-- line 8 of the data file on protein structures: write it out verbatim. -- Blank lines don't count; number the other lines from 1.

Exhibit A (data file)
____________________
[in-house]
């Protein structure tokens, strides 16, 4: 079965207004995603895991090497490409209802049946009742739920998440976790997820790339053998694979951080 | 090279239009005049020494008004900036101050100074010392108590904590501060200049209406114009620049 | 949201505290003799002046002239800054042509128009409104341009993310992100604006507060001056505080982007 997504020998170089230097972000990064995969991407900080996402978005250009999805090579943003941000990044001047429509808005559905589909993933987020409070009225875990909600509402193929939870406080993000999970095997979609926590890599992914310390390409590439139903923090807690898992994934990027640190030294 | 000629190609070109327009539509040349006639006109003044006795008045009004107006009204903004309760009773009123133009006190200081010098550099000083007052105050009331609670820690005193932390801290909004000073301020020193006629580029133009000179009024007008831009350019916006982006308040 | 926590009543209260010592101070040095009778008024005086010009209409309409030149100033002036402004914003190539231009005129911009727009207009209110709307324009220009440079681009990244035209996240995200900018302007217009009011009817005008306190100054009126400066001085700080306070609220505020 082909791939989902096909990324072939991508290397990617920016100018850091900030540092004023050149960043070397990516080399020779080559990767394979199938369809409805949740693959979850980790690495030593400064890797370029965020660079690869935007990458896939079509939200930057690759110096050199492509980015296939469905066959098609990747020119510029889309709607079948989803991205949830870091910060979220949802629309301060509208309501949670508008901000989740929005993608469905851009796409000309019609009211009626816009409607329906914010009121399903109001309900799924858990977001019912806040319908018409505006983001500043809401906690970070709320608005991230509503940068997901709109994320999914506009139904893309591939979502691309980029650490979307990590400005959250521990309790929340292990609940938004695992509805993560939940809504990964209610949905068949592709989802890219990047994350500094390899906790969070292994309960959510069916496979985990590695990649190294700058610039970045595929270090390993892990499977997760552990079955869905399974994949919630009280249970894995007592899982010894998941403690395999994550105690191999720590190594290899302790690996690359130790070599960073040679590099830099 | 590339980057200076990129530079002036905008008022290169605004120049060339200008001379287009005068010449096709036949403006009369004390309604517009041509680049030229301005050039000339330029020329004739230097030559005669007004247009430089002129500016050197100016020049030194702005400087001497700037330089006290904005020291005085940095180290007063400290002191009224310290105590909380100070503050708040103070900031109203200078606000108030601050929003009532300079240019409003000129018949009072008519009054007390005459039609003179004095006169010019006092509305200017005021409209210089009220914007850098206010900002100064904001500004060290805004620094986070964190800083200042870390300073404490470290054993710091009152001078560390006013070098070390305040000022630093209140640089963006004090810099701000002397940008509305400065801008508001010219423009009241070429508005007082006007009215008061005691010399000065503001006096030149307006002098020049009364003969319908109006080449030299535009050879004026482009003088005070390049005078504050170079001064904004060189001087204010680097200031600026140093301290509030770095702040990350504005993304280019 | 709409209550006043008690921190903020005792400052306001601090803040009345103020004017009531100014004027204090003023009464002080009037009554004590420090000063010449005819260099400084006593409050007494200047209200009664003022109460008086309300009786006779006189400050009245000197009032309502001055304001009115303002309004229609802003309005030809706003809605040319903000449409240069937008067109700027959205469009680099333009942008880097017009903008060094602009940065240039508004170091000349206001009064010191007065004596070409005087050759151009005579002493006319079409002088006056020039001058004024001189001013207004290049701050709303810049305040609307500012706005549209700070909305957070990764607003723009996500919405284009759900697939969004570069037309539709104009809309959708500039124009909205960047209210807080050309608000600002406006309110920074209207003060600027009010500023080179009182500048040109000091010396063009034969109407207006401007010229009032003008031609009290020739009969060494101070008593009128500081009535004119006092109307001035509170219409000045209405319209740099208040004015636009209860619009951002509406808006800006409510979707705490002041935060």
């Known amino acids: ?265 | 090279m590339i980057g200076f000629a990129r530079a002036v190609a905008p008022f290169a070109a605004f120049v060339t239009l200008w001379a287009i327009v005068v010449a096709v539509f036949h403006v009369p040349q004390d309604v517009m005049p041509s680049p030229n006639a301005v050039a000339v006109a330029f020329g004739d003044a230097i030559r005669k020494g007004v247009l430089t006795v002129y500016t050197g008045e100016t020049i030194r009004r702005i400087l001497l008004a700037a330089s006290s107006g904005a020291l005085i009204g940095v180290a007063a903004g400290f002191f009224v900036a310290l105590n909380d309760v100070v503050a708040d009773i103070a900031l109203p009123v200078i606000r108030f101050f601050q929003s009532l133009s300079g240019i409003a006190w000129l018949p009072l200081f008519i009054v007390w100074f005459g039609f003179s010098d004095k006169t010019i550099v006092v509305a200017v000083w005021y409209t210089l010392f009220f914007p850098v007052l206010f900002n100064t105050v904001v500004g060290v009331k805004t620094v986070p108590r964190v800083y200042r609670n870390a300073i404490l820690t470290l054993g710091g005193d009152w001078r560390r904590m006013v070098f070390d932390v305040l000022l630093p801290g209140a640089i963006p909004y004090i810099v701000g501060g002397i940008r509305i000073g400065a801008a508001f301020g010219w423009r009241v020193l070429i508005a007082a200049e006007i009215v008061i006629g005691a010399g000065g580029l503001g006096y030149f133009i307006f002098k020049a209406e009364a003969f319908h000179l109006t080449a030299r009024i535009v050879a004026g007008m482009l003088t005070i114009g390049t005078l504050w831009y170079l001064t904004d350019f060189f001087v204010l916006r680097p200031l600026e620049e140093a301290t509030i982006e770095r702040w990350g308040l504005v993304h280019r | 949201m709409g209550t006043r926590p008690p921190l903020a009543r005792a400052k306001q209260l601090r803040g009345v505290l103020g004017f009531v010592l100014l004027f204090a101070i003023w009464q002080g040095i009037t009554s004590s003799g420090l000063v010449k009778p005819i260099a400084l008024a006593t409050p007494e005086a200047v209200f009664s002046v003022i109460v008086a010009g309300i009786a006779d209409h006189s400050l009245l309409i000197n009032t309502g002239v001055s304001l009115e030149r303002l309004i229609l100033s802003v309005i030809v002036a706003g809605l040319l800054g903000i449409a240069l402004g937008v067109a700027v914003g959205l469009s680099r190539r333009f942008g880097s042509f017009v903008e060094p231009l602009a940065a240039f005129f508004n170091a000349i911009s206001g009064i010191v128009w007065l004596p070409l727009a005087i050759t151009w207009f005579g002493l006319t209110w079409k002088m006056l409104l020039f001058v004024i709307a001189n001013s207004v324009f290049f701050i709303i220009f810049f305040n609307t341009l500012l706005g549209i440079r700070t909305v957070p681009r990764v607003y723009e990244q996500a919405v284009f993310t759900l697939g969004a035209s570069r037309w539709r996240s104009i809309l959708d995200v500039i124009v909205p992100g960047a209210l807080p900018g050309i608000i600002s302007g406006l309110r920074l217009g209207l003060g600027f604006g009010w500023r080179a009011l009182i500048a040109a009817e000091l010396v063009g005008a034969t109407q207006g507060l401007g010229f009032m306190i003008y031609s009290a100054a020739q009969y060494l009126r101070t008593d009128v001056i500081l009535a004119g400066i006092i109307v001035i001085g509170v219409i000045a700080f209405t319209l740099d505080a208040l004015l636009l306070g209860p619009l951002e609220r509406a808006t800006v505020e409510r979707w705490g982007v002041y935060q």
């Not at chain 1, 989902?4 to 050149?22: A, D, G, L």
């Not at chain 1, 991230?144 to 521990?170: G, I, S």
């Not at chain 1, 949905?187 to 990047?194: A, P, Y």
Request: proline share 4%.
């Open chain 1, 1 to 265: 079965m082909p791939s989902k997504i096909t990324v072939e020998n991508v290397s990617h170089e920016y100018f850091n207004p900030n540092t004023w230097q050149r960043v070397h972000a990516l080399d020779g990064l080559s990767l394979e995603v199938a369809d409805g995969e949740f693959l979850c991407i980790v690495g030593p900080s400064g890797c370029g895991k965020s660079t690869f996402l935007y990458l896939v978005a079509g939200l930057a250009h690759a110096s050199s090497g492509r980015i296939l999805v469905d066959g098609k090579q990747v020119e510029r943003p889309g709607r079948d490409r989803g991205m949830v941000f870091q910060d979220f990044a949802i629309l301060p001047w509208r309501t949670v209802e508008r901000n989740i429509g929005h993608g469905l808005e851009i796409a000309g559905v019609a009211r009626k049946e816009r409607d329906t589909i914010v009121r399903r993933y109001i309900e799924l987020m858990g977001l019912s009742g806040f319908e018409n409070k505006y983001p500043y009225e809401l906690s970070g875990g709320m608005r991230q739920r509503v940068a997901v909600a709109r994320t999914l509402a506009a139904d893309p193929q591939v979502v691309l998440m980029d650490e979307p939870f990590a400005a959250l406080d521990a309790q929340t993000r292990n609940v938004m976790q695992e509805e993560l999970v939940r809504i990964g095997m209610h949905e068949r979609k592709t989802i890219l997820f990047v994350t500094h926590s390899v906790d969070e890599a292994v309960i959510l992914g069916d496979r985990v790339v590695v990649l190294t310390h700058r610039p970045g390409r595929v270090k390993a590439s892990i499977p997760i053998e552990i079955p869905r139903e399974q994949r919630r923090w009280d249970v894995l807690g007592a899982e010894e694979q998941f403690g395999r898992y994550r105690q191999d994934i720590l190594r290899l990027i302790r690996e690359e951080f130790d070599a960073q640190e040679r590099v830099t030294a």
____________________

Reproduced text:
């Open chain 1, 1 to 265: 079965m082909p791939s989902k997504i096909t990324v072939e020998n991508v290397s990617h170089e920016y100018f850091n207004p900030n540092t004023w230097q050149r960043v070397h972000a990516l080399d020779g990064l080559s990767l394979e995603v199938a369809d409805g995969e949740f693959l979850c991407i980790v690495g030593p900080s400064g890797c370029g895991k965020s660079t690869f996402l935007y990458l896939v978005a079509g939200l930057a250009h690759a110096s050199s090497g492509r980015i296939l999805v469905d066959g098609k090579q990747v020119e510029r943003p889309g709607r079948d490409r989803g991205m949830v941000f870091q910060d979220f990044a949802i629309l301060p001047w509208r309501t949670v209802e508008r901000n989740i429509g929005h993608g469905l808005e851009i796409a000309g559905v019609a009211r009626k049946e816009r409607d329906t589909i914010v009121r399903r993933y109001i309900e799924l987020m858990g977001l019912s009742g806040f319908e018409n409070k505006y983001p500043y009225e809401l906690s970070g875990g709320m608005r991230q739920r509503v940068a997901v909600a709109r994320t999914l509402a506009a139904d893309p193929q591939v979502v691309l998440m980029d650490e979307p939870f990590a400005a959250l406080d521990a309790q929340t993000r292990n609940v938004m976790q695992e509805e993560l999970v939940r809504i990964g095997m209610h949905e068949r979609k592709t989802i890219l997820f990047v994350t500094h926590s390899v906790d969070e890599a292994v309960i959510l992914g069916d496979r985990v790339v590695v990649l190294t310390h700058r610039p970045g390409r595929v270090k390993a590439s892990i499977p997760i053998e552990i079955p869905r139903e399974q994949r919630r923090w009280d249970v894995l807690g007592a899982e010894e694979q998941f403690g395999r898992y994550r105690q191999d994934i720590l190594r290899l990027i302790r690996e690359e951080f130790d070599a960073q640190e040679r590099v830099t030294a």